It was obvious that the forecasted wind had arrived. It was blowing 16Kn+ in the river. In order to safely leave the quayside, we enlisted the help on the harbour launch to pull the bow out. From then on it was straightforward. Having left the river, the wind increased to 20Kn+ in the Chenal de Four, but with it behind us there was little problem. We had anticipated this an used the cautious approach on leaving the main securely stacked. The headsail was all we needed. Having reached the end of the chenal marked by the Vieux Moines, we had to harden up to a heading of 115 which gave us a close hauled situation. As an experiment we just sheeted in the headsail and she sailed like a dream even though by now it was blowing a steady 22Kn+. With a fortunate lift, we sailed straight into the bay, furled the headsail and entered the marina. I found just the berth which meant that we would once again have the wind on the port bow, but this time would be blown off, so no squashed fenders. I started to reverse in. Gave a stern mooring line to a waiting Dutchman who duly cleated it. A strong gust came, the bow swung out and before we knew it we were parked on the inner pontoon at right angles to what we needed. Having taken a deep breath, we enlisted the help of the 2 Dutchman on the boat next to where we wished to be (for the record an X-442). Between us all, we managed to haul the boat round to its rightful position. That afternoon and evening, the wind howled, reaching 35Kn at times and never less than 24Kn
Tuesday 17th June
With a continued forecast of very strong NE winds, we decided, with most others to stay put. This gave us a chance to stock up with more provisions and try to fill the tank with diesel. We emptied the final red diesel from the spare can into the tank and then took the 3 empty cans round to the self service pump. Having done the necessary with my credit card, I put the filler pistol in the first can an pulled the trigger. Immediately diesel fuel came pouring out of the pump body, but not into the can. There was a massive leak. Fortunately, Peter had the presence of mind to put the pistol back on the pump. This cut the fuel supply. The machine then presented me with a bill for 17 Euros. I was not amused. I went straight to the Capitainnerie and told the girl what had happened. “Oh yes” she said, “it did that last week. Give me the bill and I will reimburse you” This done she called her boss who promised to deal with the situation. Later that day, repairs seem to have been made, so we had another go at filling the cans. This time we had more success.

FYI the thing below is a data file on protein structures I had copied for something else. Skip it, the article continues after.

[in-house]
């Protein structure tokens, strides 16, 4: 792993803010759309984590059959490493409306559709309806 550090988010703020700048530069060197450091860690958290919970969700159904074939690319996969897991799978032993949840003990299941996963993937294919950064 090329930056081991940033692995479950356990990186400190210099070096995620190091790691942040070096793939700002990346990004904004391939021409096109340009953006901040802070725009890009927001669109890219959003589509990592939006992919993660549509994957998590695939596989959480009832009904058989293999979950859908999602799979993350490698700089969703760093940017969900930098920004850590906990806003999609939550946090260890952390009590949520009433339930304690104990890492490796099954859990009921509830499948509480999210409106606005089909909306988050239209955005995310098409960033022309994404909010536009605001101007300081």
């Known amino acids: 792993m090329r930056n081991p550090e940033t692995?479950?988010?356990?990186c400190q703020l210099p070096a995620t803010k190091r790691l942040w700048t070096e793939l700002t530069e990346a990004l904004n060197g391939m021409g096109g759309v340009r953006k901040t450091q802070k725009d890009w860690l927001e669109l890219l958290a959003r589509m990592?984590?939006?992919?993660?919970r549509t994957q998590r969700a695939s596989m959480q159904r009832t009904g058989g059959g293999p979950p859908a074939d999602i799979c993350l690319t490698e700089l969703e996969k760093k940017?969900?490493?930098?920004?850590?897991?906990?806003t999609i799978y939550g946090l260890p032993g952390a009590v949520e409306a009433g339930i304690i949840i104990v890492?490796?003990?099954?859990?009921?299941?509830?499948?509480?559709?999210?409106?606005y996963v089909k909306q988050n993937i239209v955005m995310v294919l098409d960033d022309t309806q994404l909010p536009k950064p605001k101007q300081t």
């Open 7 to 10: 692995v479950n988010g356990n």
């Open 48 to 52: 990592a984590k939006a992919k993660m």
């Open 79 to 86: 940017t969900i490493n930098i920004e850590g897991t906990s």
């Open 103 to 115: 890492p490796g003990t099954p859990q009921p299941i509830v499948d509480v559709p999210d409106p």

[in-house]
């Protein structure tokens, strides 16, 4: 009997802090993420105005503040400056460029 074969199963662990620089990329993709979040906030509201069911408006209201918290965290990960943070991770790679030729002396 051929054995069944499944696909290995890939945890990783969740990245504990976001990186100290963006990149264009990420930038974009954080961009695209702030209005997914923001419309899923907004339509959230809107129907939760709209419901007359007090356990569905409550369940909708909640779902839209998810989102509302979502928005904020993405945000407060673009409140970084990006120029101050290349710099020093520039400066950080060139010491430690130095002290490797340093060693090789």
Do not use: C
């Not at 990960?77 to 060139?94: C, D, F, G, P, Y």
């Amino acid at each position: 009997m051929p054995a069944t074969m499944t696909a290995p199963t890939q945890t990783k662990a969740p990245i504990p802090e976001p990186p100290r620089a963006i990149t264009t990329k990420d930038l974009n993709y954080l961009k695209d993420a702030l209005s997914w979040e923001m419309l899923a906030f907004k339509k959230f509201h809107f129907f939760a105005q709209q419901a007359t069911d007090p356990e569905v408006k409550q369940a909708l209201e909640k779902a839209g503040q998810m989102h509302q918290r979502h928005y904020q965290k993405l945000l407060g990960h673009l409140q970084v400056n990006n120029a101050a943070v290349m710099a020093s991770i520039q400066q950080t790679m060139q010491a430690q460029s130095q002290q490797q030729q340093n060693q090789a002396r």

Wednesday 18th June
The forecast being somewhat lighter, we left Camaret at 05.00, just as it was starting to get light. This allowed us to safely negotiate the short cut through a gap in the rocks. We needed to transit the Raz around 09.00 when it would be slack water. In the end, with a light 8 Kn wind behind us and the engine running we got there a bit early, so slowed down. This gave the chance for a beautiful wooden German boat to catch us. He followed just behind as we transited the Raz. The wind had increased to 12 – 15 Kn and with a reek in the main we had a superb champagne reach to the Point de Penmarc’h on our way to Loc Tudy. Our German friend’s boat was so much quicker. He was a real gentleman and passed us to leeward before correcting his course. 20 miles later his 13m flush decked boat was 2 miles ahead! We should perhaps have used a full main!